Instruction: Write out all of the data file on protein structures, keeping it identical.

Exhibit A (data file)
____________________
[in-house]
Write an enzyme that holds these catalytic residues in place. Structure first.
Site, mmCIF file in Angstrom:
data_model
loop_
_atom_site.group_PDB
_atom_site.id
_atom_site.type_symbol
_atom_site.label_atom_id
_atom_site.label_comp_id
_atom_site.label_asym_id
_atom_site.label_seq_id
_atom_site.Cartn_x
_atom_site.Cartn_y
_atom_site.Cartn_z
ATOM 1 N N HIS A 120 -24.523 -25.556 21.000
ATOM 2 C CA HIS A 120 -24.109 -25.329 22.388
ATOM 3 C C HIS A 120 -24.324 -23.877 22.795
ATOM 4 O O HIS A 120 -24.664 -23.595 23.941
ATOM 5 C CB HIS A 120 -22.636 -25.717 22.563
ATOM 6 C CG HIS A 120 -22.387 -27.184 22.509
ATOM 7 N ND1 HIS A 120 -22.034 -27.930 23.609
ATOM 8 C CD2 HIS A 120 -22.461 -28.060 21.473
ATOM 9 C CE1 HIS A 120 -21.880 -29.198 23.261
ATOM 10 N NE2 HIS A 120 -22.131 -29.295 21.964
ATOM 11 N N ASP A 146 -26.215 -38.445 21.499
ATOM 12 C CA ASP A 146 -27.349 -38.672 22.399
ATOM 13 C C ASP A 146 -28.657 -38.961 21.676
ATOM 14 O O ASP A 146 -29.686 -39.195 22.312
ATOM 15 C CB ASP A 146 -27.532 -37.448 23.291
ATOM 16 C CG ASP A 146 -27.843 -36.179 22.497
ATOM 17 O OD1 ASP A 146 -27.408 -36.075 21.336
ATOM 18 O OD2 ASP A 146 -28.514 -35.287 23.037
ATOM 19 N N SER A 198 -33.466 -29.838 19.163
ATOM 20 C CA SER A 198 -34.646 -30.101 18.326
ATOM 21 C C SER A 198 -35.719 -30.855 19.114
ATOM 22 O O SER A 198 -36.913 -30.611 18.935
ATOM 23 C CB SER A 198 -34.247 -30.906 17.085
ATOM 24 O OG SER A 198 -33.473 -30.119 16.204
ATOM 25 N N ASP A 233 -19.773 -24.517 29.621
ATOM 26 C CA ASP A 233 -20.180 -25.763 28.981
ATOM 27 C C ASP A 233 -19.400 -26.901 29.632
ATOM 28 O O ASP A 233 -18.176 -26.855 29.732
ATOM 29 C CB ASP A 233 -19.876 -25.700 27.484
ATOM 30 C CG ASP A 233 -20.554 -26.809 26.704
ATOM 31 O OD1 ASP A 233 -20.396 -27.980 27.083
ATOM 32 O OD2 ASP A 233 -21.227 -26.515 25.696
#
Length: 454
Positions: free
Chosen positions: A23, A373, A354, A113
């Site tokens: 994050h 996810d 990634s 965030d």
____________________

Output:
[in-house]
Write an enzyme that holds these catalytic residues in place. Structure first.
Site, mmCIF file in Angstrom:
data_model
loop_
_atom_site.group_PDB
_atom_site.id
_atom_site.type_symbol
_atom_site.label_atom_id
_atom_site.label_comp_id
_atom_site.label_asym_id
_atom_site.label_seq_id
_atom_site.Cartn_x
_atom_site.Cartn_y
_atom_site.Cartn_z
ATOM 1 N N HIS A 120 -24.523 -25.556 21.000
ATOM 2 C CA HIS A 120 -24.109 -25.329 22.388
ATOM 3 C C HIS A 120 -24.324 -23.877 22.795
ATOM 4 O O HIS A 120 -24.664 -23.595 23.941
ATOM 5 C CB HIS A 120 -22.636 -25.717 22.563
ATOM 6 C CG HIS A 120 -22.387 -27.184 22.509
ATOM 7 N ND1 HIS A 120 -22.034 -27.930 23.609
ATOM 8 C CD2 HIS A 120 -22.461 -28.060 21.473
ATOM 9 C CE1 HIS A 120 -21.880 -29.198 23.261
ATOM 10 N NE2 HIS A 120 -22.131 -29.295 21.964
ATOM 11 N N ASP A 146 -26.215 -38.445 21.499
ATOM 12 C CA ASP A 146 -27.349 -38.672 22.399
ATOM 13 C C ASP A 146 -28.657 -38.961 21.676
ATOM 14 O O ASP A 146 -29.686 -39.195 22.312
ATOM 15 C CB ASP A 146 -27.532 -37.448 23.291
ATOM 16 C CG ASP A 146 -27.843 -36.179 22.497
ATOM 17 O OD1 ASP A 146 -27.408 -36.075 21.336
ATOM 18 O OD2 ASP A 146 -28.514 -35.287 23.037
ATOM 19 N N SER A 198 -33.466 -29.838 19.163
ATOM 20 C CA SER A 198 -34.646 -30.101 18.326
ATOM 21 C C SER A 198 -35.719 -30.855 19.114
ATOM 22 O O SER A 198 -36.913 -30.611 18.935
ATOM 23 C CB SER A 198 -34.247 -30.906 17.085
ATOM 24 O OG SER A 198 -33.473 -30.119 16.204
ATOM 25 N N ASP A 233 -19.773 -24.517 29.621
ATOM 26 C CA ASP A 233 -20.180 -25.763 28.981
ATOM 27 C C ASP A 233 -19.400 -26.901 29.632
ATOM 28 O O ASP A 233 -18.176 -26.855 29.732
ATOM 29 C CB ASP A 233 -19.876 -25.700 27.484
ATOM 30 C CG ASP A 233 -20.554 -26.809 26.704
ATOM 31 O OD1 ASP A 233 -20.396 -27.980 27.083
ATOM 32 O OD2 ASP A 233 -21.227 -26.515 25.696
#
Length: 454
Positions: free
Chosen positions: A23, A373, A354, A113
């Site tokens: 994050h 996810d 990634s 965030d």